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Fire Extinguishers in the Workplace

Fire Extinguishers in the Workplace

 

You have many legal obligations with regard to the wellbeing of your employees, and many of these obligations are in the area of fire safety. The law requires that all workplaces be fitted with adequate fire safety equipment, including fire extinguishers. Having these fitted, however, is pointless unless you and your staff know how to use them properly.

Incorrect use of fire extinguishers can put both your staff and property in further jeopardy. Training is key to keeping your workplace safe, by making sure everyone knows how to use each fire extinguisher you can help protect both your business and its most important asset, the people within it.

Water

Water fire extinguishers are marked by an all red label and are rather limited in their use. They are useful for tackling fires in common combustible materials such as paper and textiles but are ineffective against liquids such as petrol. By using water on electrical equipment you risk electrocution, and water mixed with burning fat will only aggravate the flames. A water extinguisher is best placed in storage spaces containing neither of the above hazards.

Foam

Foam extinguishers have a cream label and form a denser protective surface over a fire. This density makes them ideal for flammable liquids; however, because they are water based they have the same disadvantages as water extinguishers when it comes to tackling electrical and kitchen fires. They are ideal in workplaces containing mechanical machinery with few electronic components.

Dry Powder

Dry powder extinguishers have a blue label and can fight a range of fires. They form a thick dry coat over a fire which is effective on most combustible materials except cooking oil. By using them in the office you are likely to permanently damage computers and other electrical equipment, however, if unsure what to use, they are the safest bet.

Wet Chemical

Wet chemical extinguishers have a yellow label and are primarily used on cooking oils and fats. These are an essential in any commercial kitchen, especially if you have a deep fat fryer. Using this extinguisher on a fryer will put it out of action for a while, so many people prefer to use a fire blanket first. While this is perfectly acceptable, you should always have a wet chemical extinguisher in reserve.

CO2

CO2 extinguishers have a black label and are useful against small fires in office spaces. They are effective against liquids and electricals and can be used on wood and textiles. Lightweight materials such as paper, however, will be blown around, potentially spreading the flames. Also, inhaling CO2 can be harmful so these should not be discharged in enclosed spaces.

A half full extinguisher is pointless, after every use they need to be replaced. Therefore you should completely discharge an extinguisher when using it. The extinguishers in a workplace are only designed to put out a fire immediately, or aid the evacuation. No member of staff should be left to tackle a fire once it is out of control.

The ideal set of fire fighting equipment is different for every business, so if you are unsure you can hire a fire protection service to get you set up. By preparing for fire you are helping to protect your employees and assets, as well as fulfil your legal and moral obligations.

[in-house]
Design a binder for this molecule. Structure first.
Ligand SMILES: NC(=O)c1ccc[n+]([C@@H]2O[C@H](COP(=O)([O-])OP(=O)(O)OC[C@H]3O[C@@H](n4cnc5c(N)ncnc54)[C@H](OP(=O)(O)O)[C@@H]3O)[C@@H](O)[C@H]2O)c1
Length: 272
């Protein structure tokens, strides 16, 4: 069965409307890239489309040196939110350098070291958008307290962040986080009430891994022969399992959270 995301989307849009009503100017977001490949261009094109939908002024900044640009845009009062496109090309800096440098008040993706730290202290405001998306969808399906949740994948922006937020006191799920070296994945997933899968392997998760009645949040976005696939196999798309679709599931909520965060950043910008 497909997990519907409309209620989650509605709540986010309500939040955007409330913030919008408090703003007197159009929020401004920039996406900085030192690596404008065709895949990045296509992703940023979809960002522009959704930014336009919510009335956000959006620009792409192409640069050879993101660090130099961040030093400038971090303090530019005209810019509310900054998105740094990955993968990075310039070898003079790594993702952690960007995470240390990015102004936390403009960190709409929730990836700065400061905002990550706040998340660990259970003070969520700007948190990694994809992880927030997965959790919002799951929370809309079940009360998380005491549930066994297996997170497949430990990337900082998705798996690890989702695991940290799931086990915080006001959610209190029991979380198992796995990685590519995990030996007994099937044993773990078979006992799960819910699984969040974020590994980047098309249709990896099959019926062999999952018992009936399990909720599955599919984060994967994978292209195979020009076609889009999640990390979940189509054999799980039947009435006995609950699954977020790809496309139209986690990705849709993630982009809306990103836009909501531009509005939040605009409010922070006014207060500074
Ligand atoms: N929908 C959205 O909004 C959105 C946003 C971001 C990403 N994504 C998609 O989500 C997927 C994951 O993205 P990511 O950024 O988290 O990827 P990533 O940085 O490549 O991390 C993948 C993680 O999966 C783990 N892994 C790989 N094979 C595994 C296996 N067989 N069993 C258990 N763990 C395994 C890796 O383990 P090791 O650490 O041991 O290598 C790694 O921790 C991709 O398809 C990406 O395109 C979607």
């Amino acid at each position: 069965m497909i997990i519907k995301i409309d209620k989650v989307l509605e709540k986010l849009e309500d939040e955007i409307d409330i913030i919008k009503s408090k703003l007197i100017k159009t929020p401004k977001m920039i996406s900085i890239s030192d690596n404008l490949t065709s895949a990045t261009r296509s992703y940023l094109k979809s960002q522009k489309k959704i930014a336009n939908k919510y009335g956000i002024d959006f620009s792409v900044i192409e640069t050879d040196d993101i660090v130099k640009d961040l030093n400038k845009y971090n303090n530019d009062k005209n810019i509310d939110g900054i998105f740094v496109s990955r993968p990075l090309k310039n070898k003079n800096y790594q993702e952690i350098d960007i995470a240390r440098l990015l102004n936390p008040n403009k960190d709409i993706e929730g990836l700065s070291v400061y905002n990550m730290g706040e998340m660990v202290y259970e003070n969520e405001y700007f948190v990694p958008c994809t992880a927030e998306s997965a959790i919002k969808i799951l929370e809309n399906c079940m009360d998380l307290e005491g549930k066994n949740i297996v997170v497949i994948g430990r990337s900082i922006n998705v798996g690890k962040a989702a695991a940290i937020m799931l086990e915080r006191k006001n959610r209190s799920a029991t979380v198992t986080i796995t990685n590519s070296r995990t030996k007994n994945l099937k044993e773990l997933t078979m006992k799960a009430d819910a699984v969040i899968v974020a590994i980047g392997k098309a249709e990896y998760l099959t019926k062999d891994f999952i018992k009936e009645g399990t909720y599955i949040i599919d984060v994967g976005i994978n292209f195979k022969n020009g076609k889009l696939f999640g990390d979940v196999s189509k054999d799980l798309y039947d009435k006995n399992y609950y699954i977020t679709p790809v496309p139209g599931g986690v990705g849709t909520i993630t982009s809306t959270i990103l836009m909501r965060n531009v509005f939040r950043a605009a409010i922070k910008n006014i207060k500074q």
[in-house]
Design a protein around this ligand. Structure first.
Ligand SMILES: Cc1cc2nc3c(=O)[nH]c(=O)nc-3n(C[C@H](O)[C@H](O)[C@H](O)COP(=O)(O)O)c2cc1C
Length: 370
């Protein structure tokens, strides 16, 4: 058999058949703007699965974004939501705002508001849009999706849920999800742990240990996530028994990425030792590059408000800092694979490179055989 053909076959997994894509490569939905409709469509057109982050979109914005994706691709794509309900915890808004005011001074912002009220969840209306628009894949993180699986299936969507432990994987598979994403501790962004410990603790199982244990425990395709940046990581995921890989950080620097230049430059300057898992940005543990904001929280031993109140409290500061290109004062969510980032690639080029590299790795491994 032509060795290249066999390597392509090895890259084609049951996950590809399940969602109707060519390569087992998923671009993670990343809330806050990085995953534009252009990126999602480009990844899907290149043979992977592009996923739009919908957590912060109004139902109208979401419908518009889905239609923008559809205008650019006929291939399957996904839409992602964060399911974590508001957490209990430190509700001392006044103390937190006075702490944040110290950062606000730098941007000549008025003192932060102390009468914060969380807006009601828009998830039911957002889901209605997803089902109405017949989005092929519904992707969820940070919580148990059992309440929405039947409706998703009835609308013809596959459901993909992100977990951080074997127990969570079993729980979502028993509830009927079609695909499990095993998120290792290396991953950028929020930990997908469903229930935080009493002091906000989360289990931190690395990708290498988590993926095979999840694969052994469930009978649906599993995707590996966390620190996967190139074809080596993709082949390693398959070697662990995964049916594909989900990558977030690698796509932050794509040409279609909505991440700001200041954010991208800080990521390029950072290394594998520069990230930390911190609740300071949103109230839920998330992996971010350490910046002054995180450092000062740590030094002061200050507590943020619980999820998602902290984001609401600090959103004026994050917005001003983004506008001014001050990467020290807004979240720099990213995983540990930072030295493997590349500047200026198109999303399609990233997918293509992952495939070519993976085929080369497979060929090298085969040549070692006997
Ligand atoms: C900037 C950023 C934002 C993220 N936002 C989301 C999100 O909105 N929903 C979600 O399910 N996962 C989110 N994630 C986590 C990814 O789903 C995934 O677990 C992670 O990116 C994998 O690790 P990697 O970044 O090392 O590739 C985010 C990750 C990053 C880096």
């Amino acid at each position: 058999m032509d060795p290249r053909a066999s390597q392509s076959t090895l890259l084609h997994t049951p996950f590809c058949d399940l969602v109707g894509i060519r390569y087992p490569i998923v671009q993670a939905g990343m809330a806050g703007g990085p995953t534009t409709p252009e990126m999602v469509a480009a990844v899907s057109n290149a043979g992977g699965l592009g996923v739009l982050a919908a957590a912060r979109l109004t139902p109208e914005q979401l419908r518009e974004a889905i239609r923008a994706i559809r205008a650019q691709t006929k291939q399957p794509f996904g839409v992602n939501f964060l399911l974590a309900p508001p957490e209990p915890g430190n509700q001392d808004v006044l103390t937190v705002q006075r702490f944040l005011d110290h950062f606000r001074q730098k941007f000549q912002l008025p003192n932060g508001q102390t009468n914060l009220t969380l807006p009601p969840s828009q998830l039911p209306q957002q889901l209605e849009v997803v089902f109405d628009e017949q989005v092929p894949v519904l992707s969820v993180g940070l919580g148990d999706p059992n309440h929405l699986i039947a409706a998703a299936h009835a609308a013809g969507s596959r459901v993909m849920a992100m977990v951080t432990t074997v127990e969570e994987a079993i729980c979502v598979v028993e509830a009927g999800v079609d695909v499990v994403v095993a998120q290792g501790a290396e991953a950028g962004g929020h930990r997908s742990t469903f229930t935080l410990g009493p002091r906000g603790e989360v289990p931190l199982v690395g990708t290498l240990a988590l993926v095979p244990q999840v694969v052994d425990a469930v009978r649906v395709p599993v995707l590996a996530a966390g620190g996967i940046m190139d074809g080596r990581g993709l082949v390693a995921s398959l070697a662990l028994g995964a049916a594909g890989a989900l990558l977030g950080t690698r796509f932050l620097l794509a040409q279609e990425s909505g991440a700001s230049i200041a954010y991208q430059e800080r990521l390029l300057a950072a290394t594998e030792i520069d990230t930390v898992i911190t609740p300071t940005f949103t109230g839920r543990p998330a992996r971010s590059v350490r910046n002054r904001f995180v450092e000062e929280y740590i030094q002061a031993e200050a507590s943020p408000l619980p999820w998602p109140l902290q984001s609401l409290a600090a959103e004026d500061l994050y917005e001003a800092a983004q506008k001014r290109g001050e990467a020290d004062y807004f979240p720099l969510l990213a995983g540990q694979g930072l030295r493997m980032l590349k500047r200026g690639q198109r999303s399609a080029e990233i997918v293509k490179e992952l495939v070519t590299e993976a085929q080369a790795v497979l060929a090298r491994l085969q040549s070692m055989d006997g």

Fire protection and containment is just one of the services offered by MITIE, who have many qualified technicians as well as FIRAS and LPS 1500 accreditation.

Published by valentine belonwu

4 Comments

  1. Alan Murfee · April 20, 2013

    Well..! I would like to appreciate the information given above surrounding fire extinguisher use. It would prove so handy & helpful for there are so many people uneducated about fire Extinguisher’s proper use.

  2. Elle@Employer Liability Solicitors · April 26, 2013

    Section 11 of the 2005 Act states that employers are required to prepare and revise adequate emergency plans and procedures and provide the necessary measures for fire fighting and the evacuation of the workplace. Consideration for all employees and anyone connected with the workplace must form part of how an employer addresses the area of safety health and welfare and specifically the provision of emergency access and egress.

    Section 12 of the 2005 Act clarifies that consideration must also be given to the safety of persons other than employees within the workplace. Everything reasonably practicable must be done to ensure that all individuals at the place of work are not exposed to risks to their safety and health. In addition section 15 places obligations on landlord’s who own (but are otherwise unconnected) with a workplace to ensure that there is safe access and egress from the place of work.

  3. Belfor DC · April 26, 2013

    how can you tell which one is which?

  4. Sall · May 28, 2013

    Really informative, I don’t think a lot of people realise there are different fire extinguishers for different classes of fire. It’s vital that people know which is which, what they are for and are comprehensively trained before use. Also know at what point to stop attempting to tackle a fire and evacuate if it gets out of your control.

    The other thing with dry power, although the most versatile and ‘multi purpose’, they can cause serious damage to health if inhaled and can obstruct vision if used in confined spaces.

    Like you said, it’s best to get the professionals in to advise on the most suitable extinguisher. Once stored, make sure they are regularly maintained and checked.

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